Let's complete our `get_adverserial_example()`

function by saving the adversarial example as `sol.png`

.

All that's left now is the driver code for solving the CTF!

I used Python's requests library to automate the downloading of the original images and the uploading of the adversarial examples.

The success rate should be quite reliable!

After 50 successful misclassifications, we get the flag.

Full Solver Script

Postface

I'm done with the CTF writeup, and at this point, I'm just writing/rambling out of passion. I've never learnt about adversarial attacks before, so this is all very new and cool to me - if you're like me and want to know more, feel free to read on!

Why Should I Care?

This was just a CTF challenge, but there are plenty of real-life examples that highlight the severity of adversarial attacks.

For instance, these adversarial examples involve printed color stickers on road signs to fool DNN models used by self-driving cars - imagine causing an accident by simply placing a few stickers on stop signs!

One might be tempted to use a "person detector" in a physical intrusion detection mechanism. But as this paper shows, such models can be easily fooled by the person's clothing.

Bugs or Features?

Adversarial attacks and their defences are still a very active research topic. One paper argues that "Adversarial Examples Aren't Bugs, They're Features" - in brief, the researchers showed that the "non-robust" features imperceptible to humans might not be unnatural and meaningless, and are just as useful as perceptible "robust" ones in maximizing test-set accuracy.

When we make a small adversarial perturbation, we do not significantly affect the robust features, but flip the non-robust features. Since the model has no reason to prefer robust features over non-robust features, these seemingly small changes have a significant impact on the resulting output. When non-robust features are removed from the training set, it was found that robust models can be obtained with standard training.

Suppose an alien with no *human* concepts of "similarity". It might be confused why the original and final images should be identically classified. Remember, this alien perceives images in a completely different way from how humans do - it would spot patterns that humans are oblivious to, yet are extremely predictive of the image's class.

It is thus argued that "adversarial examples" is a purely human phenomenon - without any context about the physical world and human-related concepts of similarity, both robust and non-robust features should appear equally valid to a model. After all, what is "robust" and "non-robust" is purely considered from the human point of view - a model does not know to prioritize human-perceivable features over non-human-perceivable ones.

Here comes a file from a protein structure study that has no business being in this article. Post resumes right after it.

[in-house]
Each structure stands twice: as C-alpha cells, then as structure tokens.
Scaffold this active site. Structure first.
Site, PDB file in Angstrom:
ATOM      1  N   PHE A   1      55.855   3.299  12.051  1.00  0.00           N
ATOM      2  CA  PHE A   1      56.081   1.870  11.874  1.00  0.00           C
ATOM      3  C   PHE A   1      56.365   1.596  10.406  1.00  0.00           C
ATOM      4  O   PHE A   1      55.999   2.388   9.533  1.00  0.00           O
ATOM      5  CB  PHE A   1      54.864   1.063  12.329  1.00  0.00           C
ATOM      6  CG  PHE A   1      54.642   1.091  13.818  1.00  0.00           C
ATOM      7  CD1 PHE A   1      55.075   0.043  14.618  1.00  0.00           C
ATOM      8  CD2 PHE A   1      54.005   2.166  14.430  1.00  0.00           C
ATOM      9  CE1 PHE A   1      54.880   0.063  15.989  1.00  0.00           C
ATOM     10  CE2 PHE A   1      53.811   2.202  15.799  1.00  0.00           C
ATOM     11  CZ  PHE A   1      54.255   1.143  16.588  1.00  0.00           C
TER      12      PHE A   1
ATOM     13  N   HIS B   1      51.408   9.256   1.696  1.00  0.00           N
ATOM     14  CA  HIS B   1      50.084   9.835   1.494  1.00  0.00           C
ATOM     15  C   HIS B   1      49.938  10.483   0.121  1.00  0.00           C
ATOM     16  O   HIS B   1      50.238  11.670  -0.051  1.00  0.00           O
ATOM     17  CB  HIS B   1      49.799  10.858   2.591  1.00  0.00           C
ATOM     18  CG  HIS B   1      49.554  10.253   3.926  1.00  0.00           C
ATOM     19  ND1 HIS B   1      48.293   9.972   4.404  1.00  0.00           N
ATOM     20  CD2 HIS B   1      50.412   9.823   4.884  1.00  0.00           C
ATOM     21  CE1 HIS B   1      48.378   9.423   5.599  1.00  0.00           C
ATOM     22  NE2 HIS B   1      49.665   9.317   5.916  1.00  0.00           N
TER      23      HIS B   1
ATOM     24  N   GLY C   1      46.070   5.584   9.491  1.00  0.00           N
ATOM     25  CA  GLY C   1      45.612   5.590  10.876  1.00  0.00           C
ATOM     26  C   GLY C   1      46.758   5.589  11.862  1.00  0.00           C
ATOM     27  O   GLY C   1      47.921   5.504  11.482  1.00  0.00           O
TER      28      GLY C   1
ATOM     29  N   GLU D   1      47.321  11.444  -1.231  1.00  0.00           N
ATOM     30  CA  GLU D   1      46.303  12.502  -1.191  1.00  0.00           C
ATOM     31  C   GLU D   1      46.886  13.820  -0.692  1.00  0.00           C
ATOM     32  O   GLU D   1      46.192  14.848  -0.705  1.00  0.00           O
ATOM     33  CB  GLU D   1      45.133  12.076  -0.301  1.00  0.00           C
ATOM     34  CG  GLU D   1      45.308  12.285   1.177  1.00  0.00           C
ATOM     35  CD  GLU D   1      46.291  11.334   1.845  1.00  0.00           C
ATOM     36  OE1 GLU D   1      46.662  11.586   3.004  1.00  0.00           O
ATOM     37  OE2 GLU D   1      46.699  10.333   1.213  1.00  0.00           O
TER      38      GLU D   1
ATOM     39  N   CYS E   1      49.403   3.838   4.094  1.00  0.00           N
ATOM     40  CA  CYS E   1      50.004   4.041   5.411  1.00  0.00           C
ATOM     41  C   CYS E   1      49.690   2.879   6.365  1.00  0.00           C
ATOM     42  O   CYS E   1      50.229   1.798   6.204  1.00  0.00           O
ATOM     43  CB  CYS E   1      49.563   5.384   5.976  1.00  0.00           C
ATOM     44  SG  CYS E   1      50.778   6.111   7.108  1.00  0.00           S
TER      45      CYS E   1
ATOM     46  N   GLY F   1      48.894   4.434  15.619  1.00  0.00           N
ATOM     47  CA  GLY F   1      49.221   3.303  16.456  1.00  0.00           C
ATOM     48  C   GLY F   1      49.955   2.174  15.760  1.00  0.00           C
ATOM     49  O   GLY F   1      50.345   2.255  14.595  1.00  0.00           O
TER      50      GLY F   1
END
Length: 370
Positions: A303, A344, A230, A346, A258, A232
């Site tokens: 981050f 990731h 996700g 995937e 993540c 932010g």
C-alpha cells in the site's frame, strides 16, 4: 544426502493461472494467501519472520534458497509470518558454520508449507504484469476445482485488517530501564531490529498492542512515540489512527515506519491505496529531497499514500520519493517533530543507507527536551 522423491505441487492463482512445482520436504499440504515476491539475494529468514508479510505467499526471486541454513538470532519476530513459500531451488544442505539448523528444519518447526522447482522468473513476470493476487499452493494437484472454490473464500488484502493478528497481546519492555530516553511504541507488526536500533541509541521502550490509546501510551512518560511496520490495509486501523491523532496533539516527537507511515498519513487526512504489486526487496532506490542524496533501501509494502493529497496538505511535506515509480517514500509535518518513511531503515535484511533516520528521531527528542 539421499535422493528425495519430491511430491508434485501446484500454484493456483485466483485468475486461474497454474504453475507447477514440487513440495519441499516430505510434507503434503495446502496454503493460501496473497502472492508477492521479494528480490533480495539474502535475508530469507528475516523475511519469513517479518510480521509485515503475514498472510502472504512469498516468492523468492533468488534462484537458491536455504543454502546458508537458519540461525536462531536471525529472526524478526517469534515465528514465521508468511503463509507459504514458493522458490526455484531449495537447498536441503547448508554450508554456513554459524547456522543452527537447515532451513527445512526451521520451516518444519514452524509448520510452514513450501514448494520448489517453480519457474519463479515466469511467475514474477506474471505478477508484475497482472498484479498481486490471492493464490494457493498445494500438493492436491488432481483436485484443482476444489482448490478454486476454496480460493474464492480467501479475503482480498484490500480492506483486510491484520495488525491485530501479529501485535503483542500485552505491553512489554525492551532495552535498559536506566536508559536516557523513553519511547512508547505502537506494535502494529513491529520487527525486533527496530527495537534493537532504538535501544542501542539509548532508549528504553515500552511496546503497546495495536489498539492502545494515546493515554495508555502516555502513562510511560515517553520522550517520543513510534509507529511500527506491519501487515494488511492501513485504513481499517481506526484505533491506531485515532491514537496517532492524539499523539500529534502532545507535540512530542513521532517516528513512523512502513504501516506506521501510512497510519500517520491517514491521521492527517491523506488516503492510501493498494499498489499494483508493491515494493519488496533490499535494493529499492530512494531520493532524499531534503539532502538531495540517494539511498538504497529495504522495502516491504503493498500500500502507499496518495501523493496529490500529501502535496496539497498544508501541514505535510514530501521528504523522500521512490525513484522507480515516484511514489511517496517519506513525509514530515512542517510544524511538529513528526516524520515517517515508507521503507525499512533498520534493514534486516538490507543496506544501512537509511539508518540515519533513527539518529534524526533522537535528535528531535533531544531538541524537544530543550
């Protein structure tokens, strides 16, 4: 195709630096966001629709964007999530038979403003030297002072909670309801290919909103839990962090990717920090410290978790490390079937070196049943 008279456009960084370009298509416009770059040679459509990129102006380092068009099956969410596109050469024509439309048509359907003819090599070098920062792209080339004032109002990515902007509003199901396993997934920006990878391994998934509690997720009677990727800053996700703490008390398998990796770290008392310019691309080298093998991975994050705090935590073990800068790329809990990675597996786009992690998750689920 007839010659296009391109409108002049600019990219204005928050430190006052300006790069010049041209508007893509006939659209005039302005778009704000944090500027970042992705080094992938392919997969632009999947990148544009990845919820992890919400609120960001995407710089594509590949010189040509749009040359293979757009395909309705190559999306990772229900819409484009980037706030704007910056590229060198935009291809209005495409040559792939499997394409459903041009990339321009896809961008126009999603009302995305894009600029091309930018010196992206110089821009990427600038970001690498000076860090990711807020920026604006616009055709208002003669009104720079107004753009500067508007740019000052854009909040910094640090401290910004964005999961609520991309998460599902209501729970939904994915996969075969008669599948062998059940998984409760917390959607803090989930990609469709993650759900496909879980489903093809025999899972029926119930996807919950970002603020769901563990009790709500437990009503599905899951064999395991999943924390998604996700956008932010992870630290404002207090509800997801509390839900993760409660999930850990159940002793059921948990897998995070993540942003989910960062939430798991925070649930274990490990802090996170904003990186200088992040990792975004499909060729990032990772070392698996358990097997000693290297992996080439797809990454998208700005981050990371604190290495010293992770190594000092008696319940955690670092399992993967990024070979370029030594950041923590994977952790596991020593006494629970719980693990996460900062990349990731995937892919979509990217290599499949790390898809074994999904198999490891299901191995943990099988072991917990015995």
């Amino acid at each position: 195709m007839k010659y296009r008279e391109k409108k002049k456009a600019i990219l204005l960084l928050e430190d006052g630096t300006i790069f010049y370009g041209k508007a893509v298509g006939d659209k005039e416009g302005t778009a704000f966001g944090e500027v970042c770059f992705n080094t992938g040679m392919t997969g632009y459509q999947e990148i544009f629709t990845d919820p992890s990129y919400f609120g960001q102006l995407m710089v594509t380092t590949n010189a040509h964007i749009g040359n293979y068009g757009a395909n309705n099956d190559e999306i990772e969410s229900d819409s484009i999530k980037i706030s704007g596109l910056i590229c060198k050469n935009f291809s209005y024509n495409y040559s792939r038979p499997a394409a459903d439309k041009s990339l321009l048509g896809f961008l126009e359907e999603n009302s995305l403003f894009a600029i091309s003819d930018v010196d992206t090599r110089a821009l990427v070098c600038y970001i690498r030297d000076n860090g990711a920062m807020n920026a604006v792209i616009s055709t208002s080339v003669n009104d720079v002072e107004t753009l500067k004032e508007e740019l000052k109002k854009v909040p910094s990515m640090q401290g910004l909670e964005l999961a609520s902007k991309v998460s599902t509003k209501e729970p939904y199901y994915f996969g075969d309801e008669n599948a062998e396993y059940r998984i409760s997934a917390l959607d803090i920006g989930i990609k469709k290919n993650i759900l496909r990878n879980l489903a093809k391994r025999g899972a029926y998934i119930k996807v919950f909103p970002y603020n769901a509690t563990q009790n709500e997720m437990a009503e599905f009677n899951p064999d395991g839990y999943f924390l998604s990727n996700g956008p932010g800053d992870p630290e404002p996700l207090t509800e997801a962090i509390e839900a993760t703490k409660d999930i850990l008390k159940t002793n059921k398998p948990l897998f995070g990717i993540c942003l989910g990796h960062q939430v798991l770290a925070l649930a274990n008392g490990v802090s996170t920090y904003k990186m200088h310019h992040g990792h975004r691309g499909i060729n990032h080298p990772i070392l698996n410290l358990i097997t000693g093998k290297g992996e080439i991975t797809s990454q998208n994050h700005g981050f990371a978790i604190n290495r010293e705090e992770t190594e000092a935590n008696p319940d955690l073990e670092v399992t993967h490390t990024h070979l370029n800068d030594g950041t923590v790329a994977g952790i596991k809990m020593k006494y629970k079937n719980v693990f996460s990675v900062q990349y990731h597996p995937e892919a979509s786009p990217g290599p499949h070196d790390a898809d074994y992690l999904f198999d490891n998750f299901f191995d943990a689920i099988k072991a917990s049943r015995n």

This is a really interesting perspective - if robustness is an inherent property of the dataset itself, then the solution to achieving human-meaningful outcomes fundamentally stems from eliminating non-robust features during training.

Nodes at each layer connect to nodes at the next layer. Each node represents some function $f(x, w)$ , where $x$ represents the input features and $w$ represents the **weight** of a node connection.

When neural networks make a prediction, a **forward pass** is performed. This simply means calculating the output, $y=f(x,w)$ of each node. At the end of the forward pass, a **loss function** $J$ calculates the error between our predicted output and the actual output.

This allows us to optimize the weights by performing a gradient descent. Intuitively, we want to find an optimal weight $w$ so that $J(w)$is minimized. To do this, we use the gradient calculated above - if $\frac{\partial{J}}{\partial{w}} <0$, we are going in the right direction. Otherwise, we have "overshot" our goal.

What if, when backpropagating, instead of treating $w$ as the variable we want to optimize, we look at the input $x$ instead? Instead of minimizing the loss by adjusting the weights based on the backpropagated gradients, the attack **adjusts the input data to maximize the loss** based on the same backpropagated gradients.

Next, we calculate the loss $J(x, y_{true})$, where $y_{true}$ corresponds to the ground truth (the label of 'horse'). Performing a backward pass then calculates the gradient of each variable.

$x_{adv}=x+\epsilon \text{sign}(\nabla_xJ(x,y_{true}))$

This applies a perturbation of magnitude $\epsilon$ in the direction of increasing loss.

The higher we set $\epsilon$, the less accurate the model will be **but** the perturbations become more easily perceptible. There is, therefore, a trade-off to consider between the relative closeness of the original and perturbed image, and the degree of accuracy degradation we can cause in the model's predictions.